4. In a large bowl, whisk the flour, baking powder, and salt. Make a well in the center of the flour mixture and pour in the yogurt mixture. Stir lightly a couple times, then add the melted chocolate and stir until just smooth.

5. Divide the batter among the muffin or springform cups and bake for 20 to 25 minutes (less for mini-springforms, more for muffins, though your oven may vary) or until they feel barely set in the middle and a tester or toothpick comes out clean.

6. Remove from the oven and cool on a wire rack before serving with coffee and a nice dollop of lightly sweetened whipped cream and any berries you can scrounge up in your fridge. Or, you know, as is.

Do ahead: These cakes can be stored in an airtight container at room temperature for four days.

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223 comments on chocolate yogurt snack cakes

  1. Oooh, maybe I’ll make these tonight! I need something to get me outta my funk, and it would figure that it would come from you AND David. Looks like I need to start reading the book on my kindle, too.

  2. Sometimes I wish I wasn’t allergic to chocolate. This looks so darn good!! I might just make them anyway with a bottle of benadryl next to me, lol

  3. This is perfect, since my all of a sudden picky toddler suddenly refuses to eat plain yogurt. (I blame the daycare’s fondness for strawberry Yoplait.) My son has gone from eating whatever I can throw in front of him to caring more about which cup his milk is served in (the green alien cup, please) than the variety of filling in is ravioli.

    Also, might I suggest chocolate angel food cake? Ina has one that looks quite tasty, and I made a chocolate orange one (which you can see on my blog) last April. Next time, I’m combining the two recipes. The only thing mine was missing was the extra chocolate. ;)

  4. Amanda

    I’m going to try soon as well. I’m always looking for something chocolatety that won’t kill the calorie count!

  5. Lynae Cinarkaya

    Could you tell me what brand of chocolate you use for your baking? I see your picture, but don’t recognize those shapes and I’m always looking for good baking chocolate (preferably some that is not processed on machinery with nuts since my son is allergic.) Thanks!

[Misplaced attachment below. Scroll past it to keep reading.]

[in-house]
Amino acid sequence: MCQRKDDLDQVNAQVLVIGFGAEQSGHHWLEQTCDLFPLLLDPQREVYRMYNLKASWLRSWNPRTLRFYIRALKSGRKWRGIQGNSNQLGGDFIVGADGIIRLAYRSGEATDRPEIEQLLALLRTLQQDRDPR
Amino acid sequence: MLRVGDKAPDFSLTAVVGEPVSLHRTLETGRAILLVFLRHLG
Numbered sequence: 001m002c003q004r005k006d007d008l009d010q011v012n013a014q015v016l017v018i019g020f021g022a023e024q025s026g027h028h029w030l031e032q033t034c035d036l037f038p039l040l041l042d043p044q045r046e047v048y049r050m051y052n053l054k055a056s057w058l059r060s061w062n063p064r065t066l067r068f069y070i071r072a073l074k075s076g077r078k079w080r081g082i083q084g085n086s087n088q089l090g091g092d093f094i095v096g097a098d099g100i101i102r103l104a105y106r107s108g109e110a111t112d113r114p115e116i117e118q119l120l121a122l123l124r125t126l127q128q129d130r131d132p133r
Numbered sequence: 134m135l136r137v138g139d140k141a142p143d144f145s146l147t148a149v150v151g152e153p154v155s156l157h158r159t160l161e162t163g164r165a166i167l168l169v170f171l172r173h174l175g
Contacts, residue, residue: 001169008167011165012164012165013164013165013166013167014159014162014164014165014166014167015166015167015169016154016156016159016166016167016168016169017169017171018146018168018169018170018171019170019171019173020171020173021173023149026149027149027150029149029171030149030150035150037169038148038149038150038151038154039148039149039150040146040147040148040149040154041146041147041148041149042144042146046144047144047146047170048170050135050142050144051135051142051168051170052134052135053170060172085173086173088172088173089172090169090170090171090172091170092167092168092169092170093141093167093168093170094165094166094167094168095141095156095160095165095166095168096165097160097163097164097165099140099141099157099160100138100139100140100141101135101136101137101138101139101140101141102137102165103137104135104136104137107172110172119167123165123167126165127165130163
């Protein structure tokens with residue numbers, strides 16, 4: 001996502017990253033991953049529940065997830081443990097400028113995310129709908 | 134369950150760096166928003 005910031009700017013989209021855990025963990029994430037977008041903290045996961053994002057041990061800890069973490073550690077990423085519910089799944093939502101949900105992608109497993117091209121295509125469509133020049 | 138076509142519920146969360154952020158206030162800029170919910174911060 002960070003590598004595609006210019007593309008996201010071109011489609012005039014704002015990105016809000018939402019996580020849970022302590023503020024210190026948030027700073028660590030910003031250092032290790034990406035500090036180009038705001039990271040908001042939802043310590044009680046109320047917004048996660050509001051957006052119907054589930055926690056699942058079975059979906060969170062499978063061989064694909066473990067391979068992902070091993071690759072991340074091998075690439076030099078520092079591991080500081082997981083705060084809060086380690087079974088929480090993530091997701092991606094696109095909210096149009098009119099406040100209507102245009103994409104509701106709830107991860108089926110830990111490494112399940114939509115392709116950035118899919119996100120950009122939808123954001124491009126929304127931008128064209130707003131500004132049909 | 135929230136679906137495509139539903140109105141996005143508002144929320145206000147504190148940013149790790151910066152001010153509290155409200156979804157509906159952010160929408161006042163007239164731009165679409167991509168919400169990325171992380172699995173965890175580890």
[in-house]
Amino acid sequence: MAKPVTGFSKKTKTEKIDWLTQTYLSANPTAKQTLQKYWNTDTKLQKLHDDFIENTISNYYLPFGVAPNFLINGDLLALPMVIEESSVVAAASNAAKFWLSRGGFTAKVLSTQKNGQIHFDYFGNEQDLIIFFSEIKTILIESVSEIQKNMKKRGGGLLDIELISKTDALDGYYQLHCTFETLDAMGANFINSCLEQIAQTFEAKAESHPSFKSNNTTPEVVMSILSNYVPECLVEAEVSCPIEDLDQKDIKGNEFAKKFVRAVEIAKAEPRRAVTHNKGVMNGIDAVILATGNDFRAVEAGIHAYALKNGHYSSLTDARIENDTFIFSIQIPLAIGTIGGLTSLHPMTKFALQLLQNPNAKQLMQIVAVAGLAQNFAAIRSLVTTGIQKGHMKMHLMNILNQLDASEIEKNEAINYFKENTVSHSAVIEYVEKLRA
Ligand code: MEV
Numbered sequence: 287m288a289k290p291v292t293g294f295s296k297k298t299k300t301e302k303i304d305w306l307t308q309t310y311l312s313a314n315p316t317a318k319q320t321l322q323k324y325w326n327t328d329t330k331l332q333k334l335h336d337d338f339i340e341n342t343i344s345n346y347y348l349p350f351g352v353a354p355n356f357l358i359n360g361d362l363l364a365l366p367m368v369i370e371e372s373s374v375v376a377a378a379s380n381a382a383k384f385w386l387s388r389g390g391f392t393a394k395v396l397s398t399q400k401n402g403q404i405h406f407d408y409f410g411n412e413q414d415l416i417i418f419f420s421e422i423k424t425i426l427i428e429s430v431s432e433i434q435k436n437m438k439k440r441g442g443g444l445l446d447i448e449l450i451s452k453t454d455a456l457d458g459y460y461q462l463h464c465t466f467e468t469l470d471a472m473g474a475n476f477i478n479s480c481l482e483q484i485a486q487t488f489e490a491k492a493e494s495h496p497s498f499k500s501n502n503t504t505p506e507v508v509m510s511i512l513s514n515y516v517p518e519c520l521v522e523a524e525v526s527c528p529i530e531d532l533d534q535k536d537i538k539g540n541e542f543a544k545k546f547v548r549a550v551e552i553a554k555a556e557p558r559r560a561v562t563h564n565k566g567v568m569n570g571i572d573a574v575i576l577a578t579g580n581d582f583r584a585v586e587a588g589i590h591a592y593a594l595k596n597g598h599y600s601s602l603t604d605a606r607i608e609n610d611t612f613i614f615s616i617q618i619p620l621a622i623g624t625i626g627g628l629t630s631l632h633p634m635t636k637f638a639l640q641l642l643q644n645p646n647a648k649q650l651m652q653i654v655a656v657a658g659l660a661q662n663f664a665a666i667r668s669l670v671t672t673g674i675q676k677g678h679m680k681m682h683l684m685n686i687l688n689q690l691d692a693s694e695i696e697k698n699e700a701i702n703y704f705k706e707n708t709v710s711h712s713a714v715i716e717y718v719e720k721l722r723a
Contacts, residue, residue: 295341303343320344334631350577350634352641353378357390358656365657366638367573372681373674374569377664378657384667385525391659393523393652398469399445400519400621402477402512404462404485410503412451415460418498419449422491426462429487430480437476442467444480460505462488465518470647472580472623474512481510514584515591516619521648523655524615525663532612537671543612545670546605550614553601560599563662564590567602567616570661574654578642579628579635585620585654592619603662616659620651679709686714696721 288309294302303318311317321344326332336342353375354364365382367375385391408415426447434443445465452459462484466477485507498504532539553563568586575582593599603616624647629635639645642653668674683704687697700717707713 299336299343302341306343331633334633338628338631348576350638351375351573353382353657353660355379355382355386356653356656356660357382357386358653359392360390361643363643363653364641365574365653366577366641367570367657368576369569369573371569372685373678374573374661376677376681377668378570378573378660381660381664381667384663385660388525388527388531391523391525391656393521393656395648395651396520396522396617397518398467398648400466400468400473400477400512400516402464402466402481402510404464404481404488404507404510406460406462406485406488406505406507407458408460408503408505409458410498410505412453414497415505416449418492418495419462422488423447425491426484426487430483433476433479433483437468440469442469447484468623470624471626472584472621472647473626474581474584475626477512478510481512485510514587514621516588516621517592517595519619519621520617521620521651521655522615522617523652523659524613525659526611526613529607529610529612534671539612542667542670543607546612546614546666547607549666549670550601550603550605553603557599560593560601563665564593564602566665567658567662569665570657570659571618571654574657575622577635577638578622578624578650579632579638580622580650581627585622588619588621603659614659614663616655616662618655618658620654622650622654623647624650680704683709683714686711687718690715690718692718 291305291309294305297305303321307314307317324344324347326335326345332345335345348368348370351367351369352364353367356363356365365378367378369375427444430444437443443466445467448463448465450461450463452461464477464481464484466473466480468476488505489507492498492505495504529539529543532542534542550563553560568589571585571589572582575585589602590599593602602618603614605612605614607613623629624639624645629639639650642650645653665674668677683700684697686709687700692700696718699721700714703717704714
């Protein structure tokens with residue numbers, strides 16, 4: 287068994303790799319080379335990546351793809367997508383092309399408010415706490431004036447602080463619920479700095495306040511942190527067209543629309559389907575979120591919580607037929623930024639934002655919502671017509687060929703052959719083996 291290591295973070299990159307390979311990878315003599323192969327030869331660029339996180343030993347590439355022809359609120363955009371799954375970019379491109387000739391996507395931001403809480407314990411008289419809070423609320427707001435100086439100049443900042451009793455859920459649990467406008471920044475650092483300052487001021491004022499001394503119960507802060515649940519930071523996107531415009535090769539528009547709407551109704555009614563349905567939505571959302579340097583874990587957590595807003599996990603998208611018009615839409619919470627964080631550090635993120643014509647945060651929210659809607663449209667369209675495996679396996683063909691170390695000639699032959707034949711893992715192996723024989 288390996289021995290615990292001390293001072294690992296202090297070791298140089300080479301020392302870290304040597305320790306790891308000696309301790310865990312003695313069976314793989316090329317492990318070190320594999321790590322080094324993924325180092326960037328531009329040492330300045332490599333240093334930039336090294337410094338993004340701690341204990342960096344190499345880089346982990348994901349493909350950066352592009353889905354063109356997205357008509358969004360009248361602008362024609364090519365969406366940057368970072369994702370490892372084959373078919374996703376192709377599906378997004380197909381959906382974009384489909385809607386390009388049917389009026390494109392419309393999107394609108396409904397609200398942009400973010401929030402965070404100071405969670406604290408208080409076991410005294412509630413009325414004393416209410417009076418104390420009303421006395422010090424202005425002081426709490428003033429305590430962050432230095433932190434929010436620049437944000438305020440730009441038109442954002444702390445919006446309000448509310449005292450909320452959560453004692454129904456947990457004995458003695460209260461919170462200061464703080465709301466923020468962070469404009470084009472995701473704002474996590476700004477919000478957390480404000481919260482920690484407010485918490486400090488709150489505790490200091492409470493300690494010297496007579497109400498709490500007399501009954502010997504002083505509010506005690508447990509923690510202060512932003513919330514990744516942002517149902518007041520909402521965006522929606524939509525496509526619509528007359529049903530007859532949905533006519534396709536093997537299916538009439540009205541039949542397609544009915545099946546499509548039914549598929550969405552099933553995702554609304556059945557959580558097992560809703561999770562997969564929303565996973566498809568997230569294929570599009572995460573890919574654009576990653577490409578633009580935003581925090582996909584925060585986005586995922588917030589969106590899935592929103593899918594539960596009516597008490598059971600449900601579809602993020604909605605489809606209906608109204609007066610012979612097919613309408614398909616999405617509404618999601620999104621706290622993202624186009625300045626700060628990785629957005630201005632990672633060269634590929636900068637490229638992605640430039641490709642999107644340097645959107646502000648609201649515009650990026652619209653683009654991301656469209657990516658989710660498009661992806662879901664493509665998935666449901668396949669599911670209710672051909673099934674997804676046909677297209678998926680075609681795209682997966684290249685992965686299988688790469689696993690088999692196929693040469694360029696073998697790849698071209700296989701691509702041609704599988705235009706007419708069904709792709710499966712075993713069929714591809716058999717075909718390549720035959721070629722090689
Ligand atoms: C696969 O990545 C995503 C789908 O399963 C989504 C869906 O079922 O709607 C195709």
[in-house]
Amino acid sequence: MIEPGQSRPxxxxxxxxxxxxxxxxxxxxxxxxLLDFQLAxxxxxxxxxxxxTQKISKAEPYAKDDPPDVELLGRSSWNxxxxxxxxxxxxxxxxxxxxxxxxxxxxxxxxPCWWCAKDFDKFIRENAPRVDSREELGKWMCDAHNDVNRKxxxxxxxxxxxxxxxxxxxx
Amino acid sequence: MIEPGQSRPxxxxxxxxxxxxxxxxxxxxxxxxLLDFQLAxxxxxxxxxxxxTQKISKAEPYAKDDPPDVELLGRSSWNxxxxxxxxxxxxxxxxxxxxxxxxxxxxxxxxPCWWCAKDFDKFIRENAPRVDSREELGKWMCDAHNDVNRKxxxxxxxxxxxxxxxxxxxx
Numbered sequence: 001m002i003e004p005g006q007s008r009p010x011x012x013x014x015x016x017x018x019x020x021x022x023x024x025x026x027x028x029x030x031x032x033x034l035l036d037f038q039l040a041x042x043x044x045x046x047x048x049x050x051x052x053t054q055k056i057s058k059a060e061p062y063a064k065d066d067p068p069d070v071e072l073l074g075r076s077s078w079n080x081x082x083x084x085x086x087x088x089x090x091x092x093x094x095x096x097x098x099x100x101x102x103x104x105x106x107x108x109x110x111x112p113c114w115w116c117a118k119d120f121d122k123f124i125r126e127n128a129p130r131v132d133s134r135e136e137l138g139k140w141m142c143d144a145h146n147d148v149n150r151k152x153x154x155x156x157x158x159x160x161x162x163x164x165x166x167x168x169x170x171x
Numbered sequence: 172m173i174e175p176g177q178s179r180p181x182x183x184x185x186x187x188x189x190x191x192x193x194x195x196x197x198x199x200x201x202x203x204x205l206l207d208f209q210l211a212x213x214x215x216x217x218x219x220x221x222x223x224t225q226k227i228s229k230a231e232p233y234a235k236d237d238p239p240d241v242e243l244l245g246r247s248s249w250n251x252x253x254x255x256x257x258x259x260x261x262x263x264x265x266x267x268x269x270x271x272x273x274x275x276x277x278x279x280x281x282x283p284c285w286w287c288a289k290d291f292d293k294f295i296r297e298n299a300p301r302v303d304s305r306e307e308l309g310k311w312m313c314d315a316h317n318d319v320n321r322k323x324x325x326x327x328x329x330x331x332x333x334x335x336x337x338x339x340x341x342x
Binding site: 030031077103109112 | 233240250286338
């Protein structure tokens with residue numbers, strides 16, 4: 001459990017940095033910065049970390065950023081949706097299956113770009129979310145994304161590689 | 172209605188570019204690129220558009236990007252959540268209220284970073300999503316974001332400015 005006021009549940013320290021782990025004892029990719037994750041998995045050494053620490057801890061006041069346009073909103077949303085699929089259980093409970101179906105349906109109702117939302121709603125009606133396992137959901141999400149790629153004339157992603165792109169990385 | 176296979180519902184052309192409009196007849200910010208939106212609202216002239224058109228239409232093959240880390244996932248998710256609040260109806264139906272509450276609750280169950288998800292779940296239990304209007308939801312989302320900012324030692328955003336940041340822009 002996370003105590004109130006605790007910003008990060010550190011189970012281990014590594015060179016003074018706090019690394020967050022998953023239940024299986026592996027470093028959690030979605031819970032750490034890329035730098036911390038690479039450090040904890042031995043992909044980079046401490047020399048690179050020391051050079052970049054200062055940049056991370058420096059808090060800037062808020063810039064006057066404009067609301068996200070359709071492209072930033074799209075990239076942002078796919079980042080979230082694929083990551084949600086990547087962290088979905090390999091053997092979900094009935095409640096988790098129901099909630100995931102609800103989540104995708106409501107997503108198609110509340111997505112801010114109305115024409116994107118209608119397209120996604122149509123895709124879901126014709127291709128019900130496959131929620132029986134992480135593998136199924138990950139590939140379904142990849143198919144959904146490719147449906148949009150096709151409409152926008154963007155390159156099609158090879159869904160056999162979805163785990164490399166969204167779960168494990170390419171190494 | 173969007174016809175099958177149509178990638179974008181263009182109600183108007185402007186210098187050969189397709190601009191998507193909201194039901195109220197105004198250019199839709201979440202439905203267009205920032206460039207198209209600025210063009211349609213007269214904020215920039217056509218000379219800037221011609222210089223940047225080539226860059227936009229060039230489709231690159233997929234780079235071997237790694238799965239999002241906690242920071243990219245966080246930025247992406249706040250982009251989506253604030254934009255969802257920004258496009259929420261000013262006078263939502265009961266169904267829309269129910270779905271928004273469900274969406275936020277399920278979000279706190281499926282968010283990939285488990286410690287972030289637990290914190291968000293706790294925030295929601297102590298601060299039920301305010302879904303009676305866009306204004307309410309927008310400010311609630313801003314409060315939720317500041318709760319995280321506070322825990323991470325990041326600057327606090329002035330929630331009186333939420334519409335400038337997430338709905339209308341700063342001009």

6. I know exactly what you mean about neglecting chocolate in summer! I’m seduced by all that sweet-smelling fruit at the grocery store and then am too busy the overflow into baking it into tarts and muffins and crisps to even think about chocolate. But these look fantastic!

  7. bakingepiphanies

    okay i haven’t seen a cuter version of these snack cakes on any other blog. must invest in a mini-springform pan pronto. so cute! and “a tiny Bruce Lee in my abdomen” = double cute!

  8. Oh, I love everyday type cakes! That yogurt cup cake is one of my standbys now, and these look wonderful. Thanks for pointing them out, David’s book is on my list but I haven’t gotten it yet!

  9. Chocolate was the one thing on the proscribed-for-the-pregnant that I refused to give up. I mean, I was certain that my twins would do far better with a happy pregnancy than a caffeine-free one!

  10. yum – I got hooked on clotilde’s yogurt cake too. I think I made it 4 times in two weeks and then in typical ADD foodie fashion moved onto something else. Must try this version though and might have to break my only library book pact for David’s book.

    Although I did make blueberry buckle yesterday which is divine.

  11. It’s a fabulous book isn’t it? I’m reading it right now.

    I do think brownies are sort of inherently summery, but maybe that’s because I always had brownies on the fourth of July as a kid.

    Oh, and there’s a study out there (and my scientist friend says it’s a good study, ie properly conducted) that women who eat chocolate every day in pregnancy have happier calmer babies.

  12. These look delicious. I’m going to try them gluten-free (a requirement around our house) and see how they turn out. Question for you: do you ever substitute sweeteners (like agave or raw sugar or brown sugar) in your baking? It’s something I’m trying to get a handle on, and if differing measurements of different ingredients makes a difference to the texture.